Jake watched as Aunt Nell grated the fresh coconuts he and Jenny had fetched from the beach. Using a serrated tool that Uncle Lonnie had hammered into a piece of driftwood, she went through four coconuts, then reached out for the fresh coconut sap they had gathered earlier. It went into the baking pit, where it bubbled, turning dark and sticky. The kids peered into the pit, fascinated.
“Careful,” said Nell. “Don’t touch. It’s very hot.”
She removed the bubbling sap, and dumped a mound of fresh coconut into the pot, which sizzled as the syrupy substance cooled around it. The smell of burnt sugar filled the air.
A blue pick-up truck pulled into the grassy opening, driven by a burly man with dreadlocks. Nell looked up, her face creased with concern.
“You’d better come. The kids, too.”
Nell placed the pot of unfinished coconut candy into the sand, and pulled Jenny and Jake into Kanu’s pickup. They bumped over the clearing and sped onto the winding cliff road towards the western shore of the island.
“There,” said Kanu, pointing down the road to where an excavator was poised to begin digging.
“Shoot,” said Nell. “How did they get past the injunction?”
“On this island? What do you think.”
Nell didn’t stop to argue. She ran out of the truck before Kanu could stop her and threw herself in between the excavator and a thicket of teak trees.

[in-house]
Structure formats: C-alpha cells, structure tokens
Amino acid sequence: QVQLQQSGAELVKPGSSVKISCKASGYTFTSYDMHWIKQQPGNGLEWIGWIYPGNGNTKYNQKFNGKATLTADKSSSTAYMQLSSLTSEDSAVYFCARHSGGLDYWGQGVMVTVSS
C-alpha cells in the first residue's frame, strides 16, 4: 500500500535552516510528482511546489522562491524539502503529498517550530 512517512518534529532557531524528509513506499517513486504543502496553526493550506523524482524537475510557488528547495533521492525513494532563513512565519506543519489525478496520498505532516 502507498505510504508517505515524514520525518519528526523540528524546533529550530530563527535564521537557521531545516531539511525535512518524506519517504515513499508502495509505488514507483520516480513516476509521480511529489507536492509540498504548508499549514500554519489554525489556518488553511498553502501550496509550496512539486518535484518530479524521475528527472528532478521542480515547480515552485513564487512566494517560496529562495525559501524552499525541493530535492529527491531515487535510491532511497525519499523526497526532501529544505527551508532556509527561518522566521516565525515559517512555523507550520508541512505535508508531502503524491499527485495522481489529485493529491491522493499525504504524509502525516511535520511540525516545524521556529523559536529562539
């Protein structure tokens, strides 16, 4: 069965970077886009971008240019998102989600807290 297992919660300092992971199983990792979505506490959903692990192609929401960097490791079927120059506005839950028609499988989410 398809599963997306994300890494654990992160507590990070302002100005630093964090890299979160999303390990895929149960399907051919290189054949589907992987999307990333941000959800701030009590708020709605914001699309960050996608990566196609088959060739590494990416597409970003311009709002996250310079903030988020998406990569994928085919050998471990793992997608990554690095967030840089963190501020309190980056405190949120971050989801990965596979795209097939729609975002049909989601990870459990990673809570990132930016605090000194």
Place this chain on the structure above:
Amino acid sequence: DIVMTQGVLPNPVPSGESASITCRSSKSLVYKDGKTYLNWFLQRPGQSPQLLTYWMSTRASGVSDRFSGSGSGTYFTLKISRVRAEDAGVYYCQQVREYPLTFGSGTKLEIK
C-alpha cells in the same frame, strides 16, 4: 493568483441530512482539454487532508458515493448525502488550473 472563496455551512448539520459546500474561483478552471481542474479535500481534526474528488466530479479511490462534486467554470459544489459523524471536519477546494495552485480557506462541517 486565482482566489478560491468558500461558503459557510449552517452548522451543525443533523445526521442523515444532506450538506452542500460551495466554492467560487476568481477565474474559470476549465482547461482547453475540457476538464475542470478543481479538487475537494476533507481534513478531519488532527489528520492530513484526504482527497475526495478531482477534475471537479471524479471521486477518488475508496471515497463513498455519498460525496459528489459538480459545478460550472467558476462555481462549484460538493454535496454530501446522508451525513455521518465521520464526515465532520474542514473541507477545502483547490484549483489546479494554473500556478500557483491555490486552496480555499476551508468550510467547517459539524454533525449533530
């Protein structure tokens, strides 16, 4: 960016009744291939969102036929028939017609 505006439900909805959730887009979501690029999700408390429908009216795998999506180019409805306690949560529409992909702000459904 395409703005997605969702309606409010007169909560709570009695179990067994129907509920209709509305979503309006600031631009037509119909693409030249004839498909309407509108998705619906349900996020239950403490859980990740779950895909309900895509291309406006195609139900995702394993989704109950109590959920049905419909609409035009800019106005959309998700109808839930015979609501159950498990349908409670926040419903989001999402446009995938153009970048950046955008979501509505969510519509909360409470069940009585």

She stared fixedly at the machine operator, who froze and shifted uncomfortably before picking up his cell phone.
Jake and Jenny ran after Nell, followed by Kanu.
“Nell, you can’t fight it. Not this way,” said the big man.
“I’m not leaving. This is my land. My land, my mother’s land, her mother’s land, eighteen generations of Kelana land.”
“They’ll bankrupt you with legal fees.”
“They won’t get me to court. I’m staying right here.”
“You’re just one woman. You can’t stop them alone.”
“She’s not alone,” piped a small voice. Jenny put her arm around Nell’s leg. “I’m staying too.”
Jake grasped the other leg. “Me too.”
The twins held onto their aunt, who smiled at Kanu. “You see? I have reinforcements.”
Kanu shook his head wryly.
“All right. I’ll go to the village, see who else I can get.”
“And the coconut candy! Don’t forget the candy, Uncle!”
They all laughed, as Kanu retreated, leaving the family standing under the shade of the trees, sheltered by the scent of hibiscus.
- Combine coconut sugar, coconut milk/cream, water, and salt on stove.
- Bring mixture to boil then reduce heat to low, stir/whisk until coconut sugar begins to caramelize, about 20 minutes, make sure it doesn't burn/stick to bottom.
- Add more water if it hasn't caramelized enough after 20 minutes and keep cooking til color gets darker.
- Turn off heat, add vanilla, add coconut and mix until coconut is well coated and mixture is sticky & pliable.
- Spoon onto parchment-lined baking tray and shape into coconut candy.
This recipe features in Phoenix Helix’s Paleo AIP Recipe Roundtable.